University presses -- like other publishers -- know that not all reviews will be favorable, and generally don't respond to most critiques of their books. But the debate over a new book published by Harvard University Press has led its director to issue a defense of the decision to publish. The book in question is The Collaboration: Hollywood's Pact With Hitler, by Ben Urwand, a fellow at Harvard. The book has been praised by some for revealing the extent to which Hollywood avoided offending the Nazis, but has been harshly criticized by others for oversimplifying the history. The New Yorker has been particularly critical, with David Denby first publishing a negative review and then following up with a piece called "How Could Harvard Have Published Ben Urwand's The Collaboration?" In that piece Denby outlines what he considers to be numerous "omissions and blunders."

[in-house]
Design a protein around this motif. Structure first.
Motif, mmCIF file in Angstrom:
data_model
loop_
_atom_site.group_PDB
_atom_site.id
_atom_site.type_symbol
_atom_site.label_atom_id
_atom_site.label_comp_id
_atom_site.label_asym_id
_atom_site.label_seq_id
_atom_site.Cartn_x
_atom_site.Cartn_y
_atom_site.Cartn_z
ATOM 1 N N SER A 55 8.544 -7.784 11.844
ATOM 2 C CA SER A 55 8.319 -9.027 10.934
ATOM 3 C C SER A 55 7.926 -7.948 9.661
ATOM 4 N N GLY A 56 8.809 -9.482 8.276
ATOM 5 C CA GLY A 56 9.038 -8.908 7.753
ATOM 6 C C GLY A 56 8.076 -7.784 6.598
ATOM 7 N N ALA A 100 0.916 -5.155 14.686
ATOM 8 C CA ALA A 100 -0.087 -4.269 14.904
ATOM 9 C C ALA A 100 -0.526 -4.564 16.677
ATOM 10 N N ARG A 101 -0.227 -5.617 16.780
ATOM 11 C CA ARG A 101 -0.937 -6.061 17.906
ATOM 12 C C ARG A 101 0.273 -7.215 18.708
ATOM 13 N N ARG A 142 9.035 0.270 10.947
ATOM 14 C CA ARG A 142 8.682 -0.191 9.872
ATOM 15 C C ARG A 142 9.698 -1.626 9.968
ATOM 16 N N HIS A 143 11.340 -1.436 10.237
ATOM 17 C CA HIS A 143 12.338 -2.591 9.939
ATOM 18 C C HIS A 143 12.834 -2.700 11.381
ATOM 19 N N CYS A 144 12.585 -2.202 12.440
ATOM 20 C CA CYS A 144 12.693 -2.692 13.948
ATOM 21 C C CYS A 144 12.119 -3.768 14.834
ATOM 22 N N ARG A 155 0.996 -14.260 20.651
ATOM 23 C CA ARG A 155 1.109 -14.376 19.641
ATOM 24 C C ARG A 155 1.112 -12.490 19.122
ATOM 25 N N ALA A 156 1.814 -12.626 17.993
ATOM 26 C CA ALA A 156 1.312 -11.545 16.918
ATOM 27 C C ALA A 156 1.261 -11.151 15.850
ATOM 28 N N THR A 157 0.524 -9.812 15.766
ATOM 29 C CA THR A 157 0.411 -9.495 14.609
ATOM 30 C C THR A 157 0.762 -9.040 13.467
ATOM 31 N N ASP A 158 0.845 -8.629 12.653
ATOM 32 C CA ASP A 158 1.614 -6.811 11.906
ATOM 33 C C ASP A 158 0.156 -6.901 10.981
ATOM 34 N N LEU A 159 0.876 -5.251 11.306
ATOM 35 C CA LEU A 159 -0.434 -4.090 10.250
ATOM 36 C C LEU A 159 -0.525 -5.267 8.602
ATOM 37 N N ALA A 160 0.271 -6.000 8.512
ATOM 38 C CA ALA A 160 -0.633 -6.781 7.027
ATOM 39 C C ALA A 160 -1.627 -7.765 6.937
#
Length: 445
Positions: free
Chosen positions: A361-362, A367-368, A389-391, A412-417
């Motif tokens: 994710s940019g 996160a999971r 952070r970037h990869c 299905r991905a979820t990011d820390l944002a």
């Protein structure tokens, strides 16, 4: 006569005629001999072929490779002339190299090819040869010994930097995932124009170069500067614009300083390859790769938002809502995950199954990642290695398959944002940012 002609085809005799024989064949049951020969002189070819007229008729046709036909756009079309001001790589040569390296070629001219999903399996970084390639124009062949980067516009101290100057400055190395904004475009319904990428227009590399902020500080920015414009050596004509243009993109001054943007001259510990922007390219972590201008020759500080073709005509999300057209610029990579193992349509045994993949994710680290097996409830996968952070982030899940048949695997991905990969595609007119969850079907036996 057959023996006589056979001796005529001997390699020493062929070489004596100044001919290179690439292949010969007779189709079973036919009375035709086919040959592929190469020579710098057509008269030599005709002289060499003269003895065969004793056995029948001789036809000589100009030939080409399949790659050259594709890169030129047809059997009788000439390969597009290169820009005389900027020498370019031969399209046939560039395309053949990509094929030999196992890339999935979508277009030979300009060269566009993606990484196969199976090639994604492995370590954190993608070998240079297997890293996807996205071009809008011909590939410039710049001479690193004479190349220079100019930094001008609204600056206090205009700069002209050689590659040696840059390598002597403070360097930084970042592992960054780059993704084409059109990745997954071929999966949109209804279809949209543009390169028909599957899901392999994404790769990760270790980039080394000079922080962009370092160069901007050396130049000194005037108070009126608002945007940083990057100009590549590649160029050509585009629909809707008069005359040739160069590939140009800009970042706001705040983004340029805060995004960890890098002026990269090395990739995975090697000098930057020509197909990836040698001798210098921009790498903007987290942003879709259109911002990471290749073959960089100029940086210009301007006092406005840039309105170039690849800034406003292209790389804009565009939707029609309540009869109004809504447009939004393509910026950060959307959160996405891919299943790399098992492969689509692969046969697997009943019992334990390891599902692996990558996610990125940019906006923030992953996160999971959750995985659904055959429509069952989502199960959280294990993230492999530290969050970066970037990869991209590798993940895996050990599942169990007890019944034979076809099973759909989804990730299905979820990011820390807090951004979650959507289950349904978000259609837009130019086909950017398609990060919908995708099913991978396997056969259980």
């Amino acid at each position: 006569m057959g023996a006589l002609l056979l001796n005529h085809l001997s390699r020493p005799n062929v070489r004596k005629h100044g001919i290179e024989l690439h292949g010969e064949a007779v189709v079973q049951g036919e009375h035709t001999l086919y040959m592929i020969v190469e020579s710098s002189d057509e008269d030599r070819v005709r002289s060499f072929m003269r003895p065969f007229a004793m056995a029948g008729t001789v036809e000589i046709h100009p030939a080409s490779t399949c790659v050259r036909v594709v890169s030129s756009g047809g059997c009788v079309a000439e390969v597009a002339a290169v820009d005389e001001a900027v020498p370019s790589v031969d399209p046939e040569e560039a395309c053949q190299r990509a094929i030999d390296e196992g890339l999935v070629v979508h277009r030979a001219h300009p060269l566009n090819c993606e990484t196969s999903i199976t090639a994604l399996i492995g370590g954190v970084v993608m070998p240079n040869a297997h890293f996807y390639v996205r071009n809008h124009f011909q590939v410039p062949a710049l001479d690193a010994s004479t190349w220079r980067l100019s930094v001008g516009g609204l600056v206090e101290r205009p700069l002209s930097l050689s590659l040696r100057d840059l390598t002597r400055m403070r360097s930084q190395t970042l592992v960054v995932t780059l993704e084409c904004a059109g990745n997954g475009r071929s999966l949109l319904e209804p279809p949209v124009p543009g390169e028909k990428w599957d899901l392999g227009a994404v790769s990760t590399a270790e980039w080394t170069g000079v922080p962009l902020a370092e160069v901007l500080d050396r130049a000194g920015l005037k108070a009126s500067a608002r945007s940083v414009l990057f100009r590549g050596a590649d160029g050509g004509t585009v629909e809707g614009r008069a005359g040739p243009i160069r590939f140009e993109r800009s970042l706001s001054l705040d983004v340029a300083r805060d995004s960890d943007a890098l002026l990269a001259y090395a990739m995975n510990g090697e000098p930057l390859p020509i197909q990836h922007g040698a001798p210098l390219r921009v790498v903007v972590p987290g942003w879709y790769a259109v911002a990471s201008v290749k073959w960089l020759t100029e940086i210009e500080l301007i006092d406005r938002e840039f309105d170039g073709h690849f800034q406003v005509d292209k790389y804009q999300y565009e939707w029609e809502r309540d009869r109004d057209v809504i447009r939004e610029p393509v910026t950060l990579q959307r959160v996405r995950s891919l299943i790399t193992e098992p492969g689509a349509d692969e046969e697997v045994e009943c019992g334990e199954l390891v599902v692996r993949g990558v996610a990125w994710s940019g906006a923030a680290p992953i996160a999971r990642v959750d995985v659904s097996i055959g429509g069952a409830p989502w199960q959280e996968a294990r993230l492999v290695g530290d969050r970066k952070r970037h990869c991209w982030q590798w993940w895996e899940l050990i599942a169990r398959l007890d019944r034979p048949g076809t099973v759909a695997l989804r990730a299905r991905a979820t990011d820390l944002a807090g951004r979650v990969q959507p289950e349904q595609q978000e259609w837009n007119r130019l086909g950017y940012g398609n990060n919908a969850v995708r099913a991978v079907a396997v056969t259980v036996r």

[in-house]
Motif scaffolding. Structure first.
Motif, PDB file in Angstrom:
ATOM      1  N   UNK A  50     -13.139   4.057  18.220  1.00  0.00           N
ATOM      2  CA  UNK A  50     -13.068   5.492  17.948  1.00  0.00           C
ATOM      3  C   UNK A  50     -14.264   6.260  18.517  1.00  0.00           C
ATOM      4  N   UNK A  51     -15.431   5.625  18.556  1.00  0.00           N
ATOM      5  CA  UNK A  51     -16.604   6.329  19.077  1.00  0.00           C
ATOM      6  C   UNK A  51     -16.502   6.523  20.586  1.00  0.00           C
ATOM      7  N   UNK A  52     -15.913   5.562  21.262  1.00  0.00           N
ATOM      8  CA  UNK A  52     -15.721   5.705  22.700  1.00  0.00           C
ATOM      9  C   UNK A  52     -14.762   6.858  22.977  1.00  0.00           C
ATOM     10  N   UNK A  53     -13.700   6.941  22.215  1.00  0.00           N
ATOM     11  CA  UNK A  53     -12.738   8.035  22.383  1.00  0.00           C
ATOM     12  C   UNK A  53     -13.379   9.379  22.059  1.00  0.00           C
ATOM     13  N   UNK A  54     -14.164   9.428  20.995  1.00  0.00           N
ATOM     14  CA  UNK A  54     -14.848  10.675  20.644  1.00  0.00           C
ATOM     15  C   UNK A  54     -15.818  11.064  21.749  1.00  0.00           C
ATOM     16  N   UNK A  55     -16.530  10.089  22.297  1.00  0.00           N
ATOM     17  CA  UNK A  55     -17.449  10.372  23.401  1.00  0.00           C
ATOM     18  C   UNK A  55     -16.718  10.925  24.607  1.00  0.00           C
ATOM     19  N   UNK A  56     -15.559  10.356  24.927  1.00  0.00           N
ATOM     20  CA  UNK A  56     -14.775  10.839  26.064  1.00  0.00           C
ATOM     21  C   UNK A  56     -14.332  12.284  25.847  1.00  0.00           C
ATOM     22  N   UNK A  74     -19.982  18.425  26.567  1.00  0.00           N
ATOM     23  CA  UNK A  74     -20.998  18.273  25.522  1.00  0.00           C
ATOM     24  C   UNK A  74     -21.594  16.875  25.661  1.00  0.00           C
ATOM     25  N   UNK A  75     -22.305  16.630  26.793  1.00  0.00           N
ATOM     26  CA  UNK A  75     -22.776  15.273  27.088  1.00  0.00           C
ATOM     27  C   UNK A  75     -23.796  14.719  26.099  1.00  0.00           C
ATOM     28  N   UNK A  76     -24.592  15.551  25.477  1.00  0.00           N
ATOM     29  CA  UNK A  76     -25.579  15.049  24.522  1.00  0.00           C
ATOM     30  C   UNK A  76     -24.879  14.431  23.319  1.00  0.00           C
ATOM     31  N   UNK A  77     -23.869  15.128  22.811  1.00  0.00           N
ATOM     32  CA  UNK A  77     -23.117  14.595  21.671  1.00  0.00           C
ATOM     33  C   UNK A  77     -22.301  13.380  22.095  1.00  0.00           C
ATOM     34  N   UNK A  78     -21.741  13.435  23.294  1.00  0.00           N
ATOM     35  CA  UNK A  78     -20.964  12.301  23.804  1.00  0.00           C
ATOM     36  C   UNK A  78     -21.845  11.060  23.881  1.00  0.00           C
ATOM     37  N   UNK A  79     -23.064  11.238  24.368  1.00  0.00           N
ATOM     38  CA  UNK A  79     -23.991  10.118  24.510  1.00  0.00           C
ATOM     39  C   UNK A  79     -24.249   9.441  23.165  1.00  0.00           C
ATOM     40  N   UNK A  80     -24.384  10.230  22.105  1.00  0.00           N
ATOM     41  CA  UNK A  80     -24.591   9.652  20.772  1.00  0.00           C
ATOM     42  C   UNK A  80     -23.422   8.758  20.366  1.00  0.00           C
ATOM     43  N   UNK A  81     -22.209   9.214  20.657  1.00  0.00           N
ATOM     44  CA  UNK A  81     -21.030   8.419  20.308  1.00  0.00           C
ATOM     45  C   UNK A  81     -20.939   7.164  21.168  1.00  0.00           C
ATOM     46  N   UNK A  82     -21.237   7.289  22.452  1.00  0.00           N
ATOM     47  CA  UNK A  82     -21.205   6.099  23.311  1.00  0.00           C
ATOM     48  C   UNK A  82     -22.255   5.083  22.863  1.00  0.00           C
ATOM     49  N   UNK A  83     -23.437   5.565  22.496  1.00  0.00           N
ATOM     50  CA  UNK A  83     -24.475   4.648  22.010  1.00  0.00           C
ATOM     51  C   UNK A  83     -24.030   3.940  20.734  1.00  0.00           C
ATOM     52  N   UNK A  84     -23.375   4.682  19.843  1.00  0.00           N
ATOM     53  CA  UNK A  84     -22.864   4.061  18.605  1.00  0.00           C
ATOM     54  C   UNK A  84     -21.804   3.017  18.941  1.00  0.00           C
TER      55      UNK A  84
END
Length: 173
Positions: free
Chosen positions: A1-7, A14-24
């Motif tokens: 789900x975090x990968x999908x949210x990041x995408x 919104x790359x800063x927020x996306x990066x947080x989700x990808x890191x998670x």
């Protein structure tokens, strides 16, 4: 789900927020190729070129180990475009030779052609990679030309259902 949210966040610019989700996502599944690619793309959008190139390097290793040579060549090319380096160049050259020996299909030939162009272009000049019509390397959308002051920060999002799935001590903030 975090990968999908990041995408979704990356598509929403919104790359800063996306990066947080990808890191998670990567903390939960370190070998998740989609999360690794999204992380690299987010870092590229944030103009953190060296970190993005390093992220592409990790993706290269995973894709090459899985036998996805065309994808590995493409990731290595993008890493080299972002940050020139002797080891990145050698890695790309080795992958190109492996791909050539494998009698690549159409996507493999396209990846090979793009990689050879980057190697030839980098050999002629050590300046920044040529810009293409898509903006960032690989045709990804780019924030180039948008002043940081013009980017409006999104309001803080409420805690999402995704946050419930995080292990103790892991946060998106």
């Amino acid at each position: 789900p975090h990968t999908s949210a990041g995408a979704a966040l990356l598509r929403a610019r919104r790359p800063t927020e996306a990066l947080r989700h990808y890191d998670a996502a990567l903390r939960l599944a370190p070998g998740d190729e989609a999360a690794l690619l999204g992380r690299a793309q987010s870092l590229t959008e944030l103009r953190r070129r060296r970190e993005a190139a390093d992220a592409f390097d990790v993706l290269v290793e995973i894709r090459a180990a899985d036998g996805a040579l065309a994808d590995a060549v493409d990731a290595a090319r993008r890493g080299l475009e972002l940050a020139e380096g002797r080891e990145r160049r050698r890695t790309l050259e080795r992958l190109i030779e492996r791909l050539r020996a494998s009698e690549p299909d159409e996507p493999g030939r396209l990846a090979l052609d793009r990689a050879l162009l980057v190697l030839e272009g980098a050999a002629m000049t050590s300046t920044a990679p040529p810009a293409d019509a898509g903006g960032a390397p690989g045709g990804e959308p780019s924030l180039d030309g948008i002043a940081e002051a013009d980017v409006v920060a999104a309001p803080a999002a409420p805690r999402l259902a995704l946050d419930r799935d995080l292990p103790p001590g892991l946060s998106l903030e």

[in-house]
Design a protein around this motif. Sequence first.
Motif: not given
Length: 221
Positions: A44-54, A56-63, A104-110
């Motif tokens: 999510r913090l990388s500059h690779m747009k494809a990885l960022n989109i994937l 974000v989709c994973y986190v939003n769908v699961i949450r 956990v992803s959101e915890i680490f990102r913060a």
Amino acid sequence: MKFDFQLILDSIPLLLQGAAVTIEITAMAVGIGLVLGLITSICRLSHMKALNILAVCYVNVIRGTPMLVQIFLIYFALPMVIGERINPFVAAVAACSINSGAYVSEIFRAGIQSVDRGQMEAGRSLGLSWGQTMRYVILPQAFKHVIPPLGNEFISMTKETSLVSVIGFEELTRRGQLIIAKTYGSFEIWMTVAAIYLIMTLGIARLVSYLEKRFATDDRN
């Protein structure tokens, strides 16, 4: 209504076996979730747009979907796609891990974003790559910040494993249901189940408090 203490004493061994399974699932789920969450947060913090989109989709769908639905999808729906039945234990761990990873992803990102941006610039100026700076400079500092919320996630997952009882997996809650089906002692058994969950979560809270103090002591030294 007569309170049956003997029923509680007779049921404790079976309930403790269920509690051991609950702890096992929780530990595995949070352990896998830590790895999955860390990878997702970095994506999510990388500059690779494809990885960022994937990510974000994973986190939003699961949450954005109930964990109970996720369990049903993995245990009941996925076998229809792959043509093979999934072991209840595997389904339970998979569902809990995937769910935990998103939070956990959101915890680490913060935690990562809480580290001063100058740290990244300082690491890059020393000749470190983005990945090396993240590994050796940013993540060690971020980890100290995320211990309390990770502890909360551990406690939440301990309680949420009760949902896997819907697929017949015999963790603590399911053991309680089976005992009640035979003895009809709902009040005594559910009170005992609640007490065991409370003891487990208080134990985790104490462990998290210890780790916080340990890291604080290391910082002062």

A statement from Harvard University Press says in part: "We stand by the integrity of our refereeing and editorial procedures. A thorough review process is standard at Harvard, where we take very seriously the imprimatur of the university’s name. Though not all reviewers agree with Urwand’s interpretation of the actions he describes, nearly 60 pages of notes and documentation enable readers to judge for themselves the strength and validity of his presentation. Via his agent Urwand has responded to Denby and the New Yorker, but as yet we have no indication that his response has been published."